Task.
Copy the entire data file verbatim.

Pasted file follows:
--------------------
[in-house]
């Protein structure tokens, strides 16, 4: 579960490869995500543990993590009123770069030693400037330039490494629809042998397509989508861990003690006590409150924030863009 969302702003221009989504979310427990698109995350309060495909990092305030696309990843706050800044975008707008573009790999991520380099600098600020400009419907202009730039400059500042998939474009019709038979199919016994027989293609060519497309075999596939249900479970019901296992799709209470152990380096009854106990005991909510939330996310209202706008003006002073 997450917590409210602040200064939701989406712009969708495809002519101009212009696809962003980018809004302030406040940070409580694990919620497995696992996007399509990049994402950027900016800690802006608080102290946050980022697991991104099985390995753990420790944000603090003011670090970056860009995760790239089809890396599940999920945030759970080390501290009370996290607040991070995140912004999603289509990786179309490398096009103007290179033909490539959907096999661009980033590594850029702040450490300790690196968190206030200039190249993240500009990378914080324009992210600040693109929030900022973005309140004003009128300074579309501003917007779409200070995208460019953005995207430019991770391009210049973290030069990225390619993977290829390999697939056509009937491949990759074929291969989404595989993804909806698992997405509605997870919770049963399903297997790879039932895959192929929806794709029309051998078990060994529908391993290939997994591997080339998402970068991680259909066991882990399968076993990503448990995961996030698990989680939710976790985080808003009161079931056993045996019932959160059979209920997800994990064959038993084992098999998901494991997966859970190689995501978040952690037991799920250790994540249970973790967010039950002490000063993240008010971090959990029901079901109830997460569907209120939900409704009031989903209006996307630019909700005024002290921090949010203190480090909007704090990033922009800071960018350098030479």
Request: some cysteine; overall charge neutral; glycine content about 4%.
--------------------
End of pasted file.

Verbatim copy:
[in-house]
């Protein structure tokens, strides 16, 4: 579960490869995500543990993590009123770069030693400037330039490494629809042998397509989508861990003690006590409150924030863009 969302702003221009989504979310427990698109995350309060495909990092305030696309990843706050800044975008707008573009790999991520380099600098600020400009419907202009730039400059500042998939474009019709038979199919016994027989293609060519497309075999596939249900479970019901296992799709209470152990380096009854106990005991909510939330996310209202706008003006002073 997450917590409210602040200064939701989406712009969708495809002519101009212009696809962003980018809004302030406040940070409580694990919620497995696992996007399509990049994402950027900016800690802006608080102290946050980022697991991104099985390995753990420790944000603090003011670090970056860009995760790239089809890396599940999920945030759970080390501290009370996290607040991070995140912004999603289509990786179309490398096009103007290179033909490539959907096999661009980033590594850029702040450490300790690196968190206030200039190249993240500009990378914080324009992210600040693109929030900022973005309140004003009128300074579309501003917007779409200070995208460019953005995207430019991770391009210049973290030069990225390619993977290829390999697939056509009937491949990759074929291969989404595989993804909806698992997405509605997870919770049963399903297997790879039932895959192929929806794709029309051998078990060994529908391993290939997994591997080339998402970068991680259909066991882990399968076993990503448990995961996030698990989680939710976790985080808003009161079931056993045996019932959160059979209920997800994990064959038993084992098999998901494991997966859970190689995501978040952690037991799920250790994540249970973790967010039950002490000063993240008010971090959990029901079901109830997460569907209120939900409704009031989903209006996307630019909700005024002290921090949010203190480090909007704090990033922009800071960018350098030479």
Request: some cysteine; overall charge neutral; glycine content about 4%.